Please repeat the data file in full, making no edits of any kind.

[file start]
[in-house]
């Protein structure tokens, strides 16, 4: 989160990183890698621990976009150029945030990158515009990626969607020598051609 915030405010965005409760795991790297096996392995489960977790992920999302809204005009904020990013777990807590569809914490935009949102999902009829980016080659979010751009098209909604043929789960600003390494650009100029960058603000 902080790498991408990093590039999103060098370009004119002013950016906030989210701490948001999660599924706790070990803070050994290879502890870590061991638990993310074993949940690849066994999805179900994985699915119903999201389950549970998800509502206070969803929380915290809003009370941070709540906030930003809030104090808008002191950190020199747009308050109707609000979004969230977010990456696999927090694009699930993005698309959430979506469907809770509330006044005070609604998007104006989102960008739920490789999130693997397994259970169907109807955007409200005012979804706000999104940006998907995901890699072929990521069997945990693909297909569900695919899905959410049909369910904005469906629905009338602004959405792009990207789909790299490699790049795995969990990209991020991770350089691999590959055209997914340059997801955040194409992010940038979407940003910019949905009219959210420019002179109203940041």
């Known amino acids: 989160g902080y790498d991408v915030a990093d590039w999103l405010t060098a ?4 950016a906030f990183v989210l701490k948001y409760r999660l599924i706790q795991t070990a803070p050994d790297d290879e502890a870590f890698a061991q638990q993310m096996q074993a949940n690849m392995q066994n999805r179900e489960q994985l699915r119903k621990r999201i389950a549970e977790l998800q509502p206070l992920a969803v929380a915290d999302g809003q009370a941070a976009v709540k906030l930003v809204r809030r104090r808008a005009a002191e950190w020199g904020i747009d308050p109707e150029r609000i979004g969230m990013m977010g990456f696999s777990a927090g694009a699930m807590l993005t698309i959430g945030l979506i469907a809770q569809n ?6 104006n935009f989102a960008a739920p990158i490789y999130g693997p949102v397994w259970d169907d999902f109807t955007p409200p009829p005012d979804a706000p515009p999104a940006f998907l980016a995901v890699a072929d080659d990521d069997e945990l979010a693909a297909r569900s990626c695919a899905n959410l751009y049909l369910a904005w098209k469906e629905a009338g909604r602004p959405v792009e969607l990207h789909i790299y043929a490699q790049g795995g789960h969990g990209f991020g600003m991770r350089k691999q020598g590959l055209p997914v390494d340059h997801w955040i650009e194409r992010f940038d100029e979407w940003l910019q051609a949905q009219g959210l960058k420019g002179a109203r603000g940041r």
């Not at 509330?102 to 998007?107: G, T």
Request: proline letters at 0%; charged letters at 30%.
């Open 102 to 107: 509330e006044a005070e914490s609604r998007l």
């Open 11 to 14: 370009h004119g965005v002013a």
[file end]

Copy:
[in-house]
């Protein structure tokens, strides 16, 4: 989160990183890698621990976009150029945030990158515009990626969607020598051609 915030405010965005409760795991790297096996392995489960977790992920999302809204005009904020990013777990807590569809914490935009949102999902009829980016080659979010751009098209909604043929789960600003390494650009100029960058603000 902080790498991408990093590039999103060098370009004119002013950016906030989210701490948001999660599924706790070990803070050994290879502890870590061991638990993310074993949940690849066994999805179900994985699915119903999201389950549970998800509502206070969803929380915290809003009370941070709540906030930003809030104090808008002191950190020199747009308050109707609000979004969230977010990456696999927090694009699930993005698309959430979506469907809770509330006044005070609604998007104006989102960008739920490789999130693997397994259970169907109807955007409200005012979804706000999104940006998907995901890699072929990521069997945990693909297909569900695919899905959410049909369910904005469906629905009338602004959405792009990207789909790299490699790049795995969990990209991020991770350089691999590959055209997914340059997801955040194409992010940038979407940003910019949905009219959210420019002179109203940041």
């Known amino acids: 989160g902080y790498d991408v915030a990093d590039w999103l405010t060098a ?4 950016a906030f990183v989210l701490k948001y409760r999660l599924i706790q795991t070990a803070p050994d790297d290879e502890a870590f890698a061991q638990q993310m096996q074993a949940n690849m392995q066994n999805r179900e489960q994985l699915r119903k621990r999201i389950a549970e977790l998800q509502p206070l992920a969803v929380a915290d999302g809003q009370a941070a976009v709540k906030l930003v809204r809030r104090r808008a005009a002191e950190w020199g904020i747009d308050p109707e150029r609000i979004g969230m990013m977010g990456f696999s777990a927090g694009a699930m807590l993005t698309i959430g945030l979506i469907a809770q569809n ?6 104006n935009f989102a960008a739920p990158i490789y999130g693997p949102v397994w259970d169907d999902f109807t955007p409200p009829p005012d979804a706000p515009p999104a940006f998907l980016a995901v890699a072929d080659d990521d069997e945990l979010a693909a297909r569900s990626c695919a899905n959410l751009y049909l369910a904005w098209k469906e629905a009338g909604r602004p959405v792009e969607l990207h789909i790299y043929a490699q790049g795995g789960h969990g990209f991020g600003m991770r350089k691999q020598g590959l055209p997914v390494d340059h997801w955040i650009e194409r992010f940038d100029e979407w940003l910019q051609a949905q009219g959210l960058k420019g002179a109203r603000g940041r």
């Not at 509330?102 to 998007?107: G, T």
Request: proline letters at 0%; charged letters at 30%.
């Open 102 to 107: 509330e006044a005070e914490s609604r998007l």
């Open 11 to 14: 370009h004119g965005v002013a």